Skip to main content

Losing Life to Find It

Self-denial is a counter-cultural idea. It is very hard for Christians to espouse it when all around us we hear siren voices promising us happiness and fulfilment through various forms of self-gratification. If we live a life of self-denial, which Jesus acknowledged would be very hard to do, it can be difficult to escape the sensation that life is slipping away from us and we are missing the best that it has to offer. [1] Far from saving our lives, we can all too easily appear to be losing out.
Yet, at the same time, modern communications make us uncomfortably aware that, for the majority of people in the world today, self-denial is not a life-style choice, it is simply inevitable – part of their fate. If Western Christians moan about the hardships of self-denial we make ourselves look self-absorbed, shallow and self-pitying in comparison with the vast majority of our fellow Christians, and fellow human beings, who must cheerfully embrace a far harsher existence than we do.
Of course, we also know deep down that money does not really buy happiness – or, at least, it buys a very precarious and fragile kind of satisfaction. But if we dare to romanticise the sufferings and hardships of the world's poor and disadvantaged majority, by insisting that they are in many ways more likely to be content with their lot and more alive to what really matters than wealthier people are, we risk looking complacent and unconcerned about the tremendous, and tremendously unjust, disparities in life chances between the different people living on our planet today.
So, despite the protests of various revisionists, it is difficult to escape the conclusion that denying ourselves is a more authentic way of being a Christian than pleasing ourselves. But self-denial is only authentically Christian if we deny ourselves by living for others. This is what Jesus means by taking up our cross and following him. He does not mean that we need, literally, to seek out martyrdom and intense suffering because these things are intrinsically good. He means that we must adopt his priorities and goals if we want to find the fulfilment, peace and self-understanding which he knew and which are the birthright of every human being.
His priority was the well-being, what he called 'the salvation', of other people. By helping others we can truly follow Jesus' example and more surely help ourselves than by a narrow focus on self. The search for self-discovery will always prove elusive until we forget self and focus on our neighbours and on God.
[1] Mark 8.27-38


Popular posts from this blog

I don't believe in an interventionist God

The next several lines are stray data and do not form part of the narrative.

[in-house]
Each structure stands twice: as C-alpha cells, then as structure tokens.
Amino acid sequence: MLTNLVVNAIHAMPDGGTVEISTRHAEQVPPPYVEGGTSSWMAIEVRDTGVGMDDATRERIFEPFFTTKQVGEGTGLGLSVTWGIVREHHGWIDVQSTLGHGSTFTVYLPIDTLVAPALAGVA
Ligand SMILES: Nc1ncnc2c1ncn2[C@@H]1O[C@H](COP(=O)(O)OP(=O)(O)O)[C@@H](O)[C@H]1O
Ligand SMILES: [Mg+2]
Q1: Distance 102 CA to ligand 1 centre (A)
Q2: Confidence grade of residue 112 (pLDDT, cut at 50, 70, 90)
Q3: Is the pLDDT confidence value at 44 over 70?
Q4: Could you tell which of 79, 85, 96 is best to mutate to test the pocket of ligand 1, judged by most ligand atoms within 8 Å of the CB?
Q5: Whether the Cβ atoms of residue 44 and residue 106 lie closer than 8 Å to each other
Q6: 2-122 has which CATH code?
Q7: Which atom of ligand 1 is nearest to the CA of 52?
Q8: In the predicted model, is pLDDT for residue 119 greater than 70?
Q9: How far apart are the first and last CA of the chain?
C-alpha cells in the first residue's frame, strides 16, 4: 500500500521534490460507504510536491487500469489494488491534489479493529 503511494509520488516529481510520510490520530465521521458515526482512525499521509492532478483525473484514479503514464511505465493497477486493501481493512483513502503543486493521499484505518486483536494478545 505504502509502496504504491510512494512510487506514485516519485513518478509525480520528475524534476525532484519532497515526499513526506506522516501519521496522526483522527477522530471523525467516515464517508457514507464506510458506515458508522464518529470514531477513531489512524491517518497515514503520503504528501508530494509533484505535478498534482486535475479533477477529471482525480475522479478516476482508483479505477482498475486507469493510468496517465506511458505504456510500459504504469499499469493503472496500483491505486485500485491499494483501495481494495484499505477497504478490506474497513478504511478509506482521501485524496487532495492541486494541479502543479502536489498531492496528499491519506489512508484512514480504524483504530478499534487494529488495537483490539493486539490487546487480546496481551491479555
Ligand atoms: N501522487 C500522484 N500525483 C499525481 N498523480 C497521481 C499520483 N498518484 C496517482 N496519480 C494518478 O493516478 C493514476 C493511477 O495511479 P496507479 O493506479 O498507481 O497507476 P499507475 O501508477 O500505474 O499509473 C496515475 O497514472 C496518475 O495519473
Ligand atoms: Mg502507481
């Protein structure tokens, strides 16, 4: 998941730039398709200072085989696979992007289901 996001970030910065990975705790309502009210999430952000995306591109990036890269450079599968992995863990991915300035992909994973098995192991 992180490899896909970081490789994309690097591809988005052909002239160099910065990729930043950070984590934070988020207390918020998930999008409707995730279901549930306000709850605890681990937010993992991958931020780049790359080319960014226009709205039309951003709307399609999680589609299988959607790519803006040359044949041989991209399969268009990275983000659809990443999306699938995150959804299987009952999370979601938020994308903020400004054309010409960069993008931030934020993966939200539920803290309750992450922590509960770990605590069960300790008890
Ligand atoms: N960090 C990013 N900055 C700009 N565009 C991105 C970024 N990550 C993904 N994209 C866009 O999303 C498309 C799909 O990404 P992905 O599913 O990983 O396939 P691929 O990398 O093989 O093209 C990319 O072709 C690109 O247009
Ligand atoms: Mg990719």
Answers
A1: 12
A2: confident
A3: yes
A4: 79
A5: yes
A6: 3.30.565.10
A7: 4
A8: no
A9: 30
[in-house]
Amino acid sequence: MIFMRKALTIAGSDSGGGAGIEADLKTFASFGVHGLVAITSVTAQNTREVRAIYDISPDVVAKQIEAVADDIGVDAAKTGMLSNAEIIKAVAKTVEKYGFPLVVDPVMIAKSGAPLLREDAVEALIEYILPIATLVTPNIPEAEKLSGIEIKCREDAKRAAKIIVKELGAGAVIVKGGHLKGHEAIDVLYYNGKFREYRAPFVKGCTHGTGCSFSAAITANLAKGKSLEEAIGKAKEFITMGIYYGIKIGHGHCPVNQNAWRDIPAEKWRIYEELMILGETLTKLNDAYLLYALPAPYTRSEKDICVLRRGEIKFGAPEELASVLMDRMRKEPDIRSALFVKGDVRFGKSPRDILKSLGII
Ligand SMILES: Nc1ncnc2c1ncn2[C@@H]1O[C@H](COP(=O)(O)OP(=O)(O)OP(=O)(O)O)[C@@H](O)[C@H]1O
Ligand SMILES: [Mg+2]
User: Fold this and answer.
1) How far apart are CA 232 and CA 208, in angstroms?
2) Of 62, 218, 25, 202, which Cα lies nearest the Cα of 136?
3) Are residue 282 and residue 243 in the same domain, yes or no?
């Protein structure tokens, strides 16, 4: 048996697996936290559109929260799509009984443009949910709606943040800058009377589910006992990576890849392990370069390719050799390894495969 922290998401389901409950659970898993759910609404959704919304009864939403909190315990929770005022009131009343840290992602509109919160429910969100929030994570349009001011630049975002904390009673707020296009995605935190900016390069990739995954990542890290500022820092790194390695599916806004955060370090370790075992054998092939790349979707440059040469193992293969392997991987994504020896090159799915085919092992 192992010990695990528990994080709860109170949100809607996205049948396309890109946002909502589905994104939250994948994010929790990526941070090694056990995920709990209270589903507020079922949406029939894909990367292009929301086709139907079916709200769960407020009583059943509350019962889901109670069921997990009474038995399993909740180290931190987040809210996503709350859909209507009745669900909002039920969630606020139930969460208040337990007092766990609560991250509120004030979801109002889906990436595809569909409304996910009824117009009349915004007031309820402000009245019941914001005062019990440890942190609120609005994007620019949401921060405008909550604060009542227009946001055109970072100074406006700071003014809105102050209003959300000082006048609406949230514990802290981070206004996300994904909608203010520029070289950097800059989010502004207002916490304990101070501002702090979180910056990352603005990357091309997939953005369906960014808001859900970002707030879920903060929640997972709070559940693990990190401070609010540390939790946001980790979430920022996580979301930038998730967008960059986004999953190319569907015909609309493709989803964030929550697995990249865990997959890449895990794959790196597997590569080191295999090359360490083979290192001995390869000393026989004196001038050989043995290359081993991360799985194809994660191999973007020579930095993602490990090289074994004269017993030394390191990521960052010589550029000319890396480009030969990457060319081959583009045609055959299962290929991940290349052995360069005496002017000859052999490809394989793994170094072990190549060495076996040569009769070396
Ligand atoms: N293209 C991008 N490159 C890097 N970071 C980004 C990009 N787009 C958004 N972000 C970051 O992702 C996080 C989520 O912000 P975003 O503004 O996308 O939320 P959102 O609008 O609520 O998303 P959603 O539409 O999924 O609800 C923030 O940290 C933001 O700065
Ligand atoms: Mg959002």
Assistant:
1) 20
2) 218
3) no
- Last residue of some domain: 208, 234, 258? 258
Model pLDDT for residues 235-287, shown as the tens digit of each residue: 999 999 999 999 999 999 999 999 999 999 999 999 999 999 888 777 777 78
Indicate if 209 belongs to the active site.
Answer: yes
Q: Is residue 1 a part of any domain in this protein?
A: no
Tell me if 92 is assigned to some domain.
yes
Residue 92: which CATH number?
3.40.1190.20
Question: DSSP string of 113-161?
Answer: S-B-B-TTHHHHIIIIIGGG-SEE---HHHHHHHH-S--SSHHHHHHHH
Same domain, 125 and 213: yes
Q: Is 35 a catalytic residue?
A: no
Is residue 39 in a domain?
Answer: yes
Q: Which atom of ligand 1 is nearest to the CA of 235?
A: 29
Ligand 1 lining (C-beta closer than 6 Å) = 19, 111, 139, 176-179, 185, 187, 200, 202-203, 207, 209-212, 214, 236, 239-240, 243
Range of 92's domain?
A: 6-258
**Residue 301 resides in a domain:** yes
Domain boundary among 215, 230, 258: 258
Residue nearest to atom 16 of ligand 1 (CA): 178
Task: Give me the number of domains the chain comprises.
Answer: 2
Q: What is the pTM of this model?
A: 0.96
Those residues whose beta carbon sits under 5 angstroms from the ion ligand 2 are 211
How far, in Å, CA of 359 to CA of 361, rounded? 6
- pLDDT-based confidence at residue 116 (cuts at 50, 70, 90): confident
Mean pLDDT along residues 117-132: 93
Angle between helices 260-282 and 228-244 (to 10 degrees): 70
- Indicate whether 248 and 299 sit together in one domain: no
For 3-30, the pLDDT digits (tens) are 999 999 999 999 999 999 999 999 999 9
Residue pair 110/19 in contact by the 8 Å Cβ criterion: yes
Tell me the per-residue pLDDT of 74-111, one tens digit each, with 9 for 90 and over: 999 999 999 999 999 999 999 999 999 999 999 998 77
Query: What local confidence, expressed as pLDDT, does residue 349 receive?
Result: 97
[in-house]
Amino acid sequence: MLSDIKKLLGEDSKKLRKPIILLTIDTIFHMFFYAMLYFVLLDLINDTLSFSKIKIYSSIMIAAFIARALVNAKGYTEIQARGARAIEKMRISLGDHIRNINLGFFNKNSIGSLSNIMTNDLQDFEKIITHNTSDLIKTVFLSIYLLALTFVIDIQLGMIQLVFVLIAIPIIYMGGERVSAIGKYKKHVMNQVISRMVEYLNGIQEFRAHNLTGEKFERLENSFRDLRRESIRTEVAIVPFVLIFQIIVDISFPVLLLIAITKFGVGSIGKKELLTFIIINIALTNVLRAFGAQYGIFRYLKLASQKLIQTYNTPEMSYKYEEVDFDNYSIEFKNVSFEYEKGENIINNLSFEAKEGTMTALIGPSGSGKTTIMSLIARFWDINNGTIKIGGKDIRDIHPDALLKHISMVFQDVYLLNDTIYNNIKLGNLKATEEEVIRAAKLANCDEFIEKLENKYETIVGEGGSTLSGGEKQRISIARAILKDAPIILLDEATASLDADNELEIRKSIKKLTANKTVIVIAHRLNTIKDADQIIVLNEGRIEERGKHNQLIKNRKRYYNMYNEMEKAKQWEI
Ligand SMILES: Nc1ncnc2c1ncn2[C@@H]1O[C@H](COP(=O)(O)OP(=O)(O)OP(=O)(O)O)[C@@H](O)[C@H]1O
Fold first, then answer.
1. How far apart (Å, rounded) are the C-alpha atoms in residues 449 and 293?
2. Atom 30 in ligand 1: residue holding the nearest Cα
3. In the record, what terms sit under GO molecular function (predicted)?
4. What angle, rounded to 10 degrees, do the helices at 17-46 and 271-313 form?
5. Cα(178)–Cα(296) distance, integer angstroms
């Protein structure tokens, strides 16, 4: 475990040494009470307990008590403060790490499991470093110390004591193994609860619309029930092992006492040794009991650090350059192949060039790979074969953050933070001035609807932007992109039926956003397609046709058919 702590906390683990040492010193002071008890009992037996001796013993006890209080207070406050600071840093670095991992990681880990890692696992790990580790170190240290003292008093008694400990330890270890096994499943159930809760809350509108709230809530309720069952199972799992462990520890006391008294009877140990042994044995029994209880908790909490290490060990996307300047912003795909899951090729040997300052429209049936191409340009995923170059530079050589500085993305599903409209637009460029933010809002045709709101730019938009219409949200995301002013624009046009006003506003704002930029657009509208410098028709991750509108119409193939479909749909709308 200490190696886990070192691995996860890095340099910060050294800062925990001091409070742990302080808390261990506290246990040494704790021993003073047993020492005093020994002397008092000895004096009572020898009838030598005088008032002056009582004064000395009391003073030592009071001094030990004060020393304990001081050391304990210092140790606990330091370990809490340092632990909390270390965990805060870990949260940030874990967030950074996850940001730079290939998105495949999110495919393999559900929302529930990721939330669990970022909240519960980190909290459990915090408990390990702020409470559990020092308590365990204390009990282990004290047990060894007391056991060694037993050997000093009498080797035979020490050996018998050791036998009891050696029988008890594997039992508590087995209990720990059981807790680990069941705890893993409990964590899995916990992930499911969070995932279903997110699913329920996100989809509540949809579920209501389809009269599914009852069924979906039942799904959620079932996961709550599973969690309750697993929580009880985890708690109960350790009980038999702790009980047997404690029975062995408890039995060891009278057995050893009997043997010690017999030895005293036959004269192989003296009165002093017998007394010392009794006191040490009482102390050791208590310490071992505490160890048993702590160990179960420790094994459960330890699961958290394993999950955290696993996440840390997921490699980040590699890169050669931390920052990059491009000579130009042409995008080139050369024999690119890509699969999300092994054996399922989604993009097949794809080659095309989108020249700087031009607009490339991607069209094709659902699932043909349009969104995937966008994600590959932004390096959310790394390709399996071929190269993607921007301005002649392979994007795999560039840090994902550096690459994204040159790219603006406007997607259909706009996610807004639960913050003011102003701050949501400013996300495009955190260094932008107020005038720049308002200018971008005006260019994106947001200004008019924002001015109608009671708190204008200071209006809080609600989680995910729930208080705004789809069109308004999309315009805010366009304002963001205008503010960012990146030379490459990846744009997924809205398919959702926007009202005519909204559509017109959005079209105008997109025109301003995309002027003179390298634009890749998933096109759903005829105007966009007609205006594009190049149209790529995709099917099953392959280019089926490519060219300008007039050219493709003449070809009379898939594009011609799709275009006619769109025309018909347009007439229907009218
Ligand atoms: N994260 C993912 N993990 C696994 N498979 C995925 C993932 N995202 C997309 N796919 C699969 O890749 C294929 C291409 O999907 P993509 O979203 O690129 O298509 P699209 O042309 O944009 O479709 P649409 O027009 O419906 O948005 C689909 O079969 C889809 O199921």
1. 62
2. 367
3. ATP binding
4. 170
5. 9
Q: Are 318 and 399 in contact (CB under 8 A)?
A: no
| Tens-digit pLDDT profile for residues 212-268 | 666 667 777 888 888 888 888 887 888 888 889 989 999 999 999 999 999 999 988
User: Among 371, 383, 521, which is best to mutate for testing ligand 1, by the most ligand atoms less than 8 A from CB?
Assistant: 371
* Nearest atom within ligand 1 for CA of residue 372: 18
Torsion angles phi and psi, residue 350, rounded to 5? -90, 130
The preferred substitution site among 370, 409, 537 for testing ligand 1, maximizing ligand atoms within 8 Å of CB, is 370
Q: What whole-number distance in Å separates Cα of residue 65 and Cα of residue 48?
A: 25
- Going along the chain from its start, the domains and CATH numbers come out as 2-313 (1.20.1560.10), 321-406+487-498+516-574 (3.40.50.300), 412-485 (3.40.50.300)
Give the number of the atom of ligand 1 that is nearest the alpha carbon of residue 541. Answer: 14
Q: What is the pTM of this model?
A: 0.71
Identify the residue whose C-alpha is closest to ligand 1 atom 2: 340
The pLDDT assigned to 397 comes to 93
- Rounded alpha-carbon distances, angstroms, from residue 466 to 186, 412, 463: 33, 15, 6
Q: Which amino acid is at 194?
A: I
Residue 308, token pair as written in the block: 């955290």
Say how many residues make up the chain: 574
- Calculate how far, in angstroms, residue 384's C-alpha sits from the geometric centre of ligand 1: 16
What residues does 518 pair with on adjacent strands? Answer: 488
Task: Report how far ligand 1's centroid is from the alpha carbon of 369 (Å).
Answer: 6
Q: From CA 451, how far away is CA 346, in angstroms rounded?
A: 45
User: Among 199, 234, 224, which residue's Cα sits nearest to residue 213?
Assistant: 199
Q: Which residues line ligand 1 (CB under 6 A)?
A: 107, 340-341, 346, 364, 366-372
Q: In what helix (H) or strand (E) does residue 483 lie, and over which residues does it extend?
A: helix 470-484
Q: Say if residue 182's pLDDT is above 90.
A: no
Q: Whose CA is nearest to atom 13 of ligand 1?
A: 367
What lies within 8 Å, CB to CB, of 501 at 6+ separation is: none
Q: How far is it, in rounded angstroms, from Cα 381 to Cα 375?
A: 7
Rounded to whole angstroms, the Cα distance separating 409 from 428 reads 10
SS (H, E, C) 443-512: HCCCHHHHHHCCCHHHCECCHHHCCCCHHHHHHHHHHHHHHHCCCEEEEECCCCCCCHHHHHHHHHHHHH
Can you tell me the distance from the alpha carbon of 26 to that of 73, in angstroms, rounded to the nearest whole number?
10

Matthew 28.1-10, 1 Corinthians 15.1-11 I like Nick Cave’s song because of its audacious first line: ‘I don’t believe in an interventionist God’. What an unlikely way to begin a love song! He once explained that he wrote the song while sitting at the back of an Anglican church where he had gone with his wife Susie, who presumably does believe in an interventionist God - at least that’s what the song says. Actually Cave has always been very interested in religion. Sometimes he calls himself a Christian, sometimes he doesn’t, depending on how the mood takes him. He once said, ‘I believe in God in spite of religion, not because of it.’ But his lyrics often include religious themes and he has also said that any true love song is a song for God. So maybe it’s no coincidence that he began this song in such an unlikely way, although he says the inspiration came to him during the sermon. The vicar was droning on about something when the first line of the song just popped into his head. I suspect …

Giotto’s Nativity and Adoration of the Shepherds

John 1.10-18
In the week before Christmas the BBC broadcast a modern version of The Nativity which attempted to retell the story with as much psychological realism as possible. So, for instance, viewers saw how Mary, and Joseph especially, struggled with their feelings.

But telling the story of Jesus with psychological realism is not a new idea. It has a long tradition going back seven hundred years to the time of the Italian artist Giotto di Bondone. This nativity scene was painted in a church in Padua in about 1305. Much imitated it is one of the first attempts at psychological realism in Christian art. And what a wonderful first attempt it is - a work of genius, in fact!

Whereas previously Mary and the Baby Jesus had been depicted facing outwards, or looking at their visitors, with beatific expressions fixed on their faces, Giotto dares to show them staring intently into one another’s eyes, bonding like any mother and newborn baby. Joseph, in contrast, is not looking on with quiet app…

Why are good people tempted to do wrong?

Deuteronomy 30.15-20, Psalm 119.1-8, 1 Corinthians 3.1-4, Matthew 5.21-37 Why are good people tempted to do wrong? Sometimes we just fall from the straight and narrow and do mean, selfish or spiteful things. But sometimes we convince ourselves that we’re still good people even though we’re doing something wrong. We tell ourselves that there are some people whose motives are totally wicked or self-regarding: criminals, liars, cheats, two-timers, fraudsters, and so on, but we are not that kind of person. We’re basically good people who just indulge in an occasional misdemeanour. So, for example, there’s Noble Cause Corruption, a phrase first coined apparently in 1992 to explain why police officers, judges, politicians, managers, teachers, social workers and so on sometimes get sucked into justifying actions which are really totally wrong, but on the grounds that they are doing them for a very good reason. A famous instance of noble cause corruption is the statement, by the late Lord Denni…